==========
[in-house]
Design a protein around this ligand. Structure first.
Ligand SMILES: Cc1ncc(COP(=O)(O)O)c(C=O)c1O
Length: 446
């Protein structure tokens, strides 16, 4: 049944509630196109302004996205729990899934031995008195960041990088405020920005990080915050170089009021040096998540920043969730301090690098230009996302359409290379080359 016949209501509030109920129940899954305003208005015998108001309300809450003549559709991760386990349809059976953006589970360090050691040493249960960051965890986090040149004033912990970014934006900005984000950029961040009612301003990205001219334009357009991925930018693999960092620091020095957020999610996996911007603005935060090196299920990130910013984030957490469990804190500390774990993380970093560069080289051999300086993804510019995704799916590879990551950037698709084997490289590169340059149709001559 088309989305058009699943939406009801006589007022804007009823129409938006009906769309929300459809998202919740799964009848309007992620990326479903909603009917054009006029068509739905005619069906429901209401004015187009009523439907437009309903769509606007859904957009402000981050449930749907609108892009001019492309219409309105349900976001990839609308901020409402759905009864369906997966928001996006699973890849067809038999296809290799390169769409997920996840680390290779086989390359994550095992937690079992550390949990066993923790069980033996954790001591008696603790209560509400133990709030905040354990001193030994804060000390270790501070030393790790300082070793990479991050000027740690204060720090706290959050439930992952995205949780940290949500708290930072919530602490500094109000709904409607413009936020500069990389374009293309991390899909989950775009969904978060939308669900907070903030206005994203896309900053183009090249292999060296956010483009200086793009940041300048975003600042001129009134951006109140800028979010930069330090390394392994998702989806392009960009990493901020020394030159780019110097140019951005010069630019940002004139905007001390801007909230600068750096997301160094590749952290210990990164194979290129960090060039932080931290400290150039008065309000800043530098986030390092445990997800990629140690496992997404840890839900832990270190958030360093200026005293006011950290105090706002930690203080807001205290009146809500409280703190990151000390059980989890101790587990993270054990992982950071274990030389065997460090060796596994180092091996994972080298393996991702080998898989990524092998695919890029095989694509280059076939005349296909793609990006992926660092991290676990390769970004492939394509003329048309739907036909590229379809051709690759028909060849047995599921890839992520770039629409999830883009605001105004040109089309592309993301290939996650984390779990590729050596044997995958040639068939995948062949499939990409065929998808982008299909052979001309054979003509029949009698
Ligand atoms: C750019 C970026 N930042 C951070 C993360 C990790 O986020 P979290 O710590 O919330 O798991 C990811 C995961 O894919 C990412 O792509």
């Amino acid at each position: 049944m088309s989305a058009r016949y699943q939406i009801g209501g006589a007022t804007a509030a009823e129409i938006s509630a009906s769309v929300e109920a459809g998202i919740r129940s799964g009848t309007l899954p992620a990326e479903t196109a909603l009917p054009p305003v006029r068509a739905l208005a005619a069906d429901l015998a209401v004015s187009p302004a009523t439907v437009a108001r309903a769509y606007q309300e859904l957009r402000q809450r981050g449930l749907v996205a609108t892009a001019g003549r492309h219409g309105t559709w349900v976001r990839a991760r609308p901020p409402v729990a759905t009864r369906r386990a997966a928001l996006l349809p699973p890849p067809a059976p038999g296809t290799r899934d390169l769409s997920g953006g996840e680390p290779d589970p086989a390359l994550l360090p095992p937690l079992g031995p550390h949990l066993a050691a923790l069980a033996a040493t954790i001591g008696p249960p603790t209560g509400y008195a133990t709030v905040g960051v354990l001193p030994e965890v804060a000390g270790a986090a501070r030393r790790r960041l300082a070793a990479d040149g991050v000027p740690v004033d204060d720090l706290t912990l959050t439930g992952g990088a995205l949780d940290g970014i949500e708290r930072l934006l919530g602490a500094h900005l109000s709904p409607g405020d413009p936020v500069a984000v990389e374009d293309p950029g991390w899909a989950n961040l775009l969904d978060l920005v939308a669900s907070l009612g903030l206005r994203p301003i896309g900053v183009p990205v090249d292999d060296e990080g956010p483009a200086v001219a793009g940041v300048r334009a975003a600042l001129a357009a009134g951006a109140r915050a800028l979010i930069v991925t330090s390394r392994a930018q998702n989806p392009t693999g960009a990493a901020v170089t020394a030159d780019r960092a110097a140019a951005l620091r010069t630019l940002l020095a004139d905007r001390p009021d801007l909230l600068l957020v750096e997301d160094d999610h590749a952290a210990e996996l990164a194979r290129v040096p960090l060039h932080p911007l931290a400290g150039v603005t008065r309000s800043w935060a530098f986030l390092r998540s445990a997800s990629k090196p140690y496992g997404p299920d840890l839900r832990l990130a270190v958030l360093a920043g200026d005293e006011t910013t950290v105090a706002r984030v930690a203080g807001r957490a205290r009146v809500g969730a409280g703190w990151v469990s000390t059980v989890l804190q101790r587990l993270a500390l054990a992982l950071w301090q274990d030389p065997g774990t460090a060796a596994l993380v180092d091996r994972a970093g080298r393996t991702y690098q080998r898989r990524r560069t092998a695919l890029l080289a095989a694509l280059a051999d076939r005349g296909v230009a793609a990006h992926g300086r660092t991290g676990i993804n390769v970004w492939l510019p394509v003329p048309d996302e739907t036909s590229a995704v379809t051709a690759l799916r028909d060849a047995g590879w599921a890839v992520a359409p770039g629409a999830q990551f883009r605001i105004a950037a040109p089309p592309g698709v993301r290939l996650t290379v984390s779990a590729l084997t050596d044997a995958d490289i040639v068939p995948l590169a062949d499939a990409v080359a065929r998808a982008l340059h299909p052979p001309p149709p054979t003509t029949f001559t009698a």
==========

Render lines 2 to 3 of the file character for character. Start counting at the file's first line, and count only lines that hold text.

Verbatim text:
Design a protein around this ligand. Structure first.
Ligand SMILES: Cc1ncc(COP(=O)(O)O)c(C=O)c1O